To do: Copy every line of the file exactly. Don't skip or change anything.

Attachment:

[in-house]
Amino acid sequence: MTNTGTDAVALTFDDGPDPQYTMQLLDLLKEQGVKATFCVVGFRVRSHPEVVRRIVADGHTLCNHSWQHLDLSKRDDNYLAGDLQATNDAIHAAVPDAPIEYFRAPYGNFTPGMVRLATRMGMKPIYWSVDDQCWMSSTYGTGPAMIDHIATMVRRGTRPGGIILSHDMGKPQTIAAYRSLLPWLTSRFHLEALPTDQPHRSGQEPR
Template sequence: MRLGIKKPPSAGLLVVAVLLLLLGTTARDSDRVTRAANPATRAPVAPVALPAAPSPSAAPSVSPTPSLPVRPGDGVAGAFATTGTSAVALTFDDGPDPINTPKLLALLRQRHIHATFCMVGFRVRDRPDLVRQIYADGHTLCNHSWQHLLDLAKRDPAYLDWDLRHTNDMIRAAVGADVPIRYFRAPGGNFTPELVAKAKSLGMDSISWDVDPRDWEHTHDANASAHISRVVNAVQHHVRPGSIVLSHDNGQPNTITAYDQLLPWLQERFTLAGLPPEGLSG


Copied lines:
[in-house]
Amino acid sequence: MTNTGTDAVALTFDDGPDPQYTMQLLDLLKEQGVKATFCVVGFRVRSHPEVVRRIVADGHTLCNHSWQHLDLSKRDDNYLAGDLQATNDAIHAAVPDAPIEYFRAPYGNFTPGMVRLATRMGMKPIYWSVDDQCWMSSTYGTGPAMIDHIATMVRRGTRPGGIILSHDMGKPQTIAAYRSLLPWLTSRFHLEALPTDQPHRSGQEPR
Template sequence: MRLGIKKPPSAGLLVVAVLLLLLGTTARDSDRVTRAANPATRAPVAPVALPAAPSPSAAPSVSPTPSLPVRPGDGVAGAFATTGTSAVALTFDDGPDPINTPKLLALLRQRHIHATFCMVGFRVRDRPDLVRQIYADGHTLCNHSWQHLLDLAKRDPAYLDWDLRHTNDMIRAAVGADVPIRYFRAPGGNFTPELVAKAKSLGMDSISWDVDPRDWEHTHDANASAHISRVVNAVQHHVRPGSIVLSHDNGQPNTITAYDQLLPWLQERFTLAGLPPEGLSG